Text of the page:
Bajrang Punia Ruled Out Of World Wrestling Championships With Ligament Tear
India's Olympic bronze medallist Bajrang Punia was ruled out of the world wrestling championships after he was advised six weeks of rehab for a ligament tear he suffered in the run-up to the Tokyo Olympics.
- Bajrang Punia was ruled out of the world wrestling championships
- Punia was advised six weeks of rehab for a ligament tear he endured
- Olympic bronze medallist Punia was injured in run up to Tokyo Olympics
Olympic bronze medallist Bajrang Punia will not compete in the upcoming wrestling World Championships after being advised a six-week rehabilitation to treat the ligament tear he suffered in his right knee in run up to the Tokyo Games. The World Championships will be held in Oslo, Norway from October 2-10 and Bajrang will not be able to begin his mat training until the rehabilitation programme is compete. Bajrang recently underwent an MRI scan to know the extent of the injury he suffered in Russia in June before the Olympics and consulted Dr Dinshaw Pardiwala, who heads the Centre for Sports Medicine at Mumbai's Kokilaben Dhirubhai Ambani Hospital.
"It's a ligament tear and I have been asked to follow a rehabilitation programme for six weeks by Dr Dinshaw. I won't be able to compete at the World Championship," Bajrang told PTI.
There is no ranking series event lined up in the remainder of the year and Bajrang said his season is over.
"The Worlds was the only major championship in the calender for this year. I don't see myself competing in any other tournament this season," he added.
Bajrang had suffered the injury in the run up to the Tokyo Games when he competed at a Russian tournament -- Ali Aliyev in June.
Bajrang had forfeited his semi-finals against Abulmazhid Kudiev, who got hold of the Indian's right leg and pulled him abruptly in the first period of the bout.
The impact had an effect on Bajrang's right knee and the limping grappler immediately quit the mat but competed at the Olympics and won a bronze in 65kg category.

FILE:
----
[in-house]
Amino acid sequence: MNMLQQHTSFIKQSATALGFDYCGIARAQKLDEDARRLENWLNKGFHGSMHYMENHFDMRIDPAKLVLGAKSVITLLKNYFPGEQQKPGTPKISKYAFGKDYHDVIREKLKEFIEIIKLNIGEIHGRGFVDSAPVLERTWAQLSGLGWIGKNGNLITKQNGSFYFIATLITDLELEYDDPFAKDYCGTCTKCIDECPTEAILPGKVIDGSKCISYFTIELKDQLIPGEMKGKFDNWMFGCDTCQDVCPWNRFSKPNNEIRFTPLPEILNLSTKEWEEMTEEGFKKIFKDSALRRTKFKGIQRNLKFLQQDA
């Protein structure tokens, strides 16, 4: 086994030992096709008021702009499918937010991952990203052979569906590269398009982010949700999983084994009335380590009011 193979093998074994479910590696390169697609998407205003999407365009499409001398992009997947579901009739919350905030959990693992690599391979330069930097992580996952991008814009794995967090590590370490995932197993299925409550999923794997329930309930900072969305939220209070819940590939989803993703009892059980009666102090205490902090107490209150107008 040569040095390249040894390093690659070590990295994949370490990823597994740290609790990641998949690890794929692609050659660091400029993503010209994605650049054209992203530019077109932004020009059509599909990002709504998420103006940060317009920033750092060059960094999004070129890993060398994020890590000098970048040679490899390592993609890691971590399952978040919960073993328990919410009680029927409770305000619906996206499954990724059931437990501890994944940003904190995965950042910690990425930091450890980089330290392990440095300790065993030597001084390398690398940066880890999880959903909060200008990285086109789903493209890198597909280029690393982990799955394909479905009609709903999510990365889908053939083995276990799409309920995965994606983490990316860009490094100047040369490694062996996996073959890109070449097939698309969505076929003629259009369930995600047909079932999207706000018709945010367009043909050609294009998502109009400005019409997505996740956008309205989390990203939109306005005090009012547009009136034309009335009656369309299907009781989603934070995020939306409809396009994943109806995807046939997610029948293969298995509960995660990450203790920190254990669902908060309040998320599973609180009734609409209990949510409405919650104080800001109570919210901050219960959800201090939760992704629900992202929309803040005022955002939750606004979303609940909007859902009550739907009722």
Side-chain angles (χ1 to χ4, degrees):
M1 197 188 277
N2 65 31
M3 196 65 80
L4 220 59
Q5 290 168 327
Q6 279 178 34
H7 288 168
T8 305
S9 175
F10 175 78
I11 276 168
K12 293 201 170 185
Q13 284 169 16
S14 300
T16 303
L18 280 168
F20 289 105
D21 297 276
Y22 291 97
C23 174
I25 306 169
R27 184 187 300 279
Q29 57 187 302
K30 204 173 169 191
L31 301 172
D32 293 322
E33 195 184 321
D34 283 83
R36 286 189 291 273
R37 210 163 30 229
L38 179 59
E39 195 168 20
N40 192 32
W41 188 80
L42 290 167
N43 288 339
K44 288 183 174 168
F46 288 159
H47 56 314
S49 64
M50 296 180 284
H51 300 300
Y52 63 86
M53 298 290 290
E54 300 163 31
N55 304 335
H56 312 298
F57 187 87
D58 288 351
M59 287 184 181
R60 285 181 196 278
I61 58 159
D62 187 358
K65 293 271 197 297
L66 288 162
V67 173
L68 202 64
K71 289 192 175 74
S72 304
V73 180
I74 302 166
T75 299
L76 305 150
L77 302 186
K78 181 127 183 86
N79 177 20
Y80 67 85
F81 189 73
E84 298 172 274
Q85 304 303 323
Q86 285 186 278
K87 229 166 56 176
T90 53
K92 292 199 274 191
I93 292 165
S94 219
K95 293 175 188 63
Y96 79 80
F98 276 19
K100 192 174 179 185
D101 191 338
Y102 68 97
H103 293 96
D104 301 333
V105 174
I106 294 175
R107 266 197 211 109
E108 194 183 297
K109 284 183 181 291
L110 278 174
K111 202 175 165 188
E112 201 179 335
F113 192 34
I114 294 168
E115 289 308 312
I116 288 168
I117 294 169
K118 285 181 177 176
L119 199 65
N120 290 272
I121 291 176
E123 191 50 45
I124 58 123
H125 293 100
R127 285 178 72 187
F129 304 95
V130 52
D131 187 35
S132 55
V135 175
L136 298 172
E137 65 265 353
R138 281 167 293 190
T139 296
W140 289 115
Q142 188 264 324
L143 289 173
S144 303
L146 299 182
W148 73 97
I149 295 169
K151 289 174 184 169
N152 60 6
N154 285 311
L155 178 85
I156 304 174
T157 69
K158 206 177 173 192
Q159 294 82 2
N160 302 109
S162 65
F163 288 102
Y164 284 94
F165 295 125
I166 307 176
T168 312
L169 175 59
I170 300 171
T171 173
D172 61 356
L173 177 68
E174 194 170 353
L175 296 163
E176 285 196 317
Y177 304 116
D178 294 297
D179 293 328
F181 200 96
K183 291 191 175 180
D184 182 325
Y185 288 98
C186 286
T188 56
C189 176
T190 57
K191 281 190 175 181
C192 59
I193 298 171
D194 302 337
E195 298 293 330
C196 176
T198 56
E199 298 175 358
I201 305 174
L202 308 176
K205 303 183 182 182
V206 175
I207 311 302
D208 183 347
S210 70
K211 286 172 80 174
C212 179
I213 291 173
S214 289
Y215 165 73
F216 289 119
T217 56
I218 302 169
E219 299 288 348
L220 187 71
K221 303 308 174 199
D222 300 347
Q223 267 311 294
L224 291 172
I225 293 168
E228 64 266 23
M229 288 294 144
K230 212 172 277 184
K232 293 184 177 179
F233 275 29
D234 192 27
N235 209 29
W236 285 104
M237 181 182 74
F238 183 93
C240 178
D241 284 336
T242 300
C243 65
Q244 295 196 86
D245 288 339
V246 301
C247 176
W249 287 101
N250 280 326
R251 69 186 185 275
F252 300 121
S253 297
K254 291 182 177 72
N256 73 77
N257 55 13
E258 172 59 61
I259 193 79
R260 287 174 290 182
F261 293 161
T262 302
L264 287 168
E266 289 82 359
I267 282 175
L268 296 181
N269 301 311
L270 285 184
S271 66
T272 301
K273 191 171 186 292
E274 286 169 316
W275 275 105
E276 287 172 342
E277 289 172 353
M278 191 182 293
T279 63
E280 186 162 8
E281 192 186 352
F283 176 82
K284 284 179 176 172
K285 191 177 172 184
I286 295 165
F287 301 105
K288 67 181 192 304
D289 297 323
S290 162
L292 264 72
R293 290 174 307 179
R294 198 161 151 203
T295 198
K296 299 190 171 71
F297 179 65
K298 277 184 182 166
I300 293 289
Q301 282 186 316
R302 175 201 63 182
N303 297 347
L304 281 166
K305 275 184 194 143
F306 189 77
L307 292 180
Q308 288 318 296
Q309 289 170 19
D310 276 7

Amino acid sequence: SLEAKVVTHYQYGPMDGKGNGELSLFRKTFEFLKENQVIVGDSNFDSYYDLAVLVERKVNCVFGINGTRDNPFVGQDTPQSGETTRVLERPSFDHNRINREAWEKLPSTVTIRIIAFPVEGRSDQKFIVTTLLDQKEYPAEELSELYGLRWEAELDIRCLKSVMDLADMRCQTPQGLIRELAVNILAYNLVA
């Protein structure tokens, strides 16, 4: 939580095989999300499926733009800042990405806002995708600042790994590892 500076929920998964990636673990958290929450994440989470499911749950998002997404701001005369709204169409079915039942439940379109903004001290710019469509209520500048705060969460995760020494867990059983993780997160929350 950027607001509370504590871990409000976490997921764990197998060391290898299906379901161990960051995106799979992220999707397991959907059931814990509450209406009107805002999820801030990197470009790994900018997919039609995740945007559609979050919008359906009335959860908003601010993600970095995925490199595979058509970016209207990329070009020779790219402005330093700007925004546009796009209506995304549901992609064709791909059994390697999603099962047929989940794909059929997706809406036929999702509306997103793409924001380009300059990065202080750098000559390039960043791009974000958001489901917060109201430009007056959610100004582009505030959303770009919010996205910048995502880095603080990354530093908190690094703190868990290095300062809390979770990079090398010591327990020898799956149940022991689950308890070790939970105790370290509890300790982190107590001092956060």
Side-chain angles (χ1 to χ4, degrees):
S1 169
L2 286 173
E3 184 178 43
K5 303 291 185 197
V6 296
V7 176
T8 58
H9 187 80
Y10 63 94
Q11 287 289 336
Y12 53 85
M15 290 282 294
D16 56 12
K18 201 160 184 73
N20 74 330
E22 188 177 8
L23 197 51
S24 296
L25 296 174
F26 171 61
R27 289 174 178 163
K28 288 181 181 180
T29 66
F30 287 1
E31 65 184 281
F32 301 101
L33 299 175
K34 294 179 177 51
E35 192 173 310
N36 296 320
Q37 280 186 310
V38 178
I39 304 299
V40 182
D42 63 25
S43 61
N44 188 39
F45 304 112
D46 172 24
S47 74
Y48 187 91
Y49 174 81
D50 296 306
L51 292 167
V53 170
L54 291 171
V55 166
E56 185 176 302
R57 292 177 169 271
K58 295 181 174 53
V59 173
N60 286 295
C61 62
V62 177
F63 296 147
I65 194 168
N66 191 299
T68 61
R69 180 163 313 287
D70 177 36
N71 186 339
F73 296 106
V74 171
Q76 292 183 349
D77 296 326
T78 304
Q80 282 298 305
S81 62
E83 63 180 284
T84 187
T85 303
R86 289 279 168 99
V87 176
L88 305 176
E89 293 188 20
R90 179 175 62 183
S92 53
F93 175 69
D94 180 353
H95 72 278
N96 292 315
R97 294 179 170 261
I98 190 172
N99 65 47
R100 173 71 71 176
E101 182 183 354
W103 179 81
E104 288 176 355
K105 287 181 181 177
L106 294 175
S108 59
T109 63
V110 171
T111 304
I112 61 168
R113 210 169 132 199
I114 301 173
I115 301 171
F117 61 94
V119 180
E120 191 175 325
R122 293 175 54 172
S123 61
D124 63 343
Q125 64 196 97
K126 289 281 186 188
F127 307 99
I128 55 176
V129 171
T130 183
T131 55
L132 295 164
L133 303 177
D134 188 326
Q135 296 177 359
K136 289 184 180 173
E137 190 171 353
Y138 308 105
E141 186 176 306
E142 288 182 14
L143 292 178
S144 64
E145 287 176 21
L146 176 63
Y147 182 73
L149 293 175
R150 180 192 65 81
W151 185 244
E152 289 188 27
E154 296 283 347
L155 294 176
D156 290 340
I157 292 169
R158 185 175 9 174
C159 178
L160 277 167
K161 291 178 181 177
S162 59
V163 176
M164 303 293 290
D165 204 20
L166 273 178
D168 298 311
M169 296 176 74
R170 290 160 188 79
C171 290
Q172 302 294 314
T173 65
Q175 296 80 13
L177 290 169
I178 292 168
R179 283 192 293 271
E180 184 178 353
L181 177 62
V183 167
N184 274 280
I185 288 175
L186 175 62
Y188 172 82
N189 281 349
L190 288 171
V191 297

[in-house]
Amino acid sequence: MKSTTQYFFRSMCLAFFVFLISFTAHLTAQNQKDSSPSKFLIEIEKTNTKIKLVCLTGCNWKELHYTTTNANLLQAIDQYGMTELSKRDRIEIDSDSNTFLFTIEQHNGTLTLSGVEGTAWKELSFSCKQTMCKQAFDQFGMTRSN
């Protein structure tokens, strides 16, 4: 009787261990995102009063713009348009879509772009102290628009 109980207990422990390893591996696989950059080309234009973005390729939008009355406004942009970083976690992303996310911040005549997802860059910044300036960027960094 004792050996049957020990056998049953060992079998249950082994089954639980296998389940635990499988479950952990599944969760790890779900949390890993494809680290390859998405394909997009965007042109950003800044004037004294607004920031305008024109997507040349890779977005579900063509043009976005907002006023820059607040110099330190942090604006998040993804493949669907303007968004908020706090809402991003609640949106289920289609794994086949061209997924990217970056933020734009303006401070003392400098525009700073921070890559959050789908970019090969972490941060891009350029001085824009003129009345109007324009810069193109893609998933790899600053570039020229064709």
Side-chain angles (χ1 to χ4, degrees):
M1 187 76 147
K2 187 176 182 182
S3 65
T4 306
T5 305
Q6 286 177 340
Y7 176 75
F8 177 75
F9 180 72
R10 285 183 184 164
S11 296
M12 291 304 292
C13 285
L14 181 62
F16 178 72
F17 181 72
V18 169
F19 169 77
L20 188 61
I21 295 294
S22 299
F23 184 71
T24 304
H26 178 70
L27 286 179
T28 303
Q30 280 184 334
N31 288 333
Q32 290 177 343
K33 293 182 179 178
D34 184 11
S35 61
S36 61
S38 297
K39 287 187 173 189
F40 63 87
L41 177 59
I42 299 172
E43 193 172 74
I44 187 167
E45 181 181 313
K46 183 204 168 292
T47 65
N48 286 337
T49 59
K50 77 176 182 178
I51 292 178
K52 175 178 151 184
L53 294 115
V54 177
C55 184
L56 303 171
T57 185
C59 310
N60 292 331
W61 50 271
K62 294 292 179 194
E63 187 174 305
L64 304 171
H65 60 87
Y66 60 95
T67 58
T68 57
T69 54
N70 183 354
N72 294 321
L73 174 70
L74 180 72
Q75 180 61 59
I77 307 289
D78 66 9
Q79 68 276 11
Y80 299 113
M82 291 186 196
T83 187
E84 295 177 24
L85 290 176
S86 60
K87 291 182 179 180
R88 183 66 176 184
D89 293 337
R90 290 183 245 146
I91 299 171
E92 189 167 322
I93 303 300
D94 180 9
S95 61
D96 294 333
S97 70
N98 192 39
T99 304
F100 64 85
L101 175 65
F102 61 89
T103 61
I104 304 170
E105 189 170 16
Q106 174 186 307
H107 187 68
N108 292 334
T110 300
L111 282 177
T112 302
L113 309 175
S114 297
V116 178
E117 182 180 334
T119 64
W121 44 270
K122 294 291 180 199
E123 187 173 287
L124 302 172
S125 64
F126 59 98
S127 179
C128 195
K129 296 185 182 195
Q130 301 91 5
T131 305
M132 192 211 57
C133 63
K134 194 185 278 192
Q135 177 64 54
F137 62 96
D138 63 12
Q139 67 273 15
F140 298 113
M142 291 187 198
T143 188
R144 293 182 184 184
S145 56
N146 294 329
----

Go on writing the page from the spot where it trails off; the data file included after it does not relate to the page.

"Since it was my first Olympics and I had a dream to win an Olympic medal, I competed through pain in Tokyo. I had to do it."
Bajrang said he was not consulting any specific physiotherapist for his rehabilitation.
"I am doing it myself in Sonepat. Dr. Dinshaw has advised a few exercises, that I am doing everyday now in gym. The mat-training time will also go into the rehab," he said.
The 27-year-old said he wants to continue with his Georgian coach Shako Bentinidis, who has now left for his country since the Wrestling Federation of India (WFI) is yet to offer him a fresh contract.
The WFI will have a meeting with the wrestlers to gather feedback regarding all the foreign coaches involved with the Indian wrestlers before deciding on their fresh contracts.
While Bajrang trained with Bentinidis, Olympic silver medallist Ravi Dahiya had a personal coach in Russia's Kamal Malikov.
Deepak Punia also had a Russian coach in Murad Gaidarov, who was expelled from Tokyo for assaulting the referee, who had officiated the bronze medal play-off that the Indian had lost to San Marino's Myles Nazim Amine.
The WFI had then terminated the services of Gaidarov.
Sources in the WFI said Ravi's coach Malikov will certainly get a fresh contract and even as the federation is still not completely satisfied with the performance of Bentinidis, it will still consider Bajrang's request if he wants to continue with him.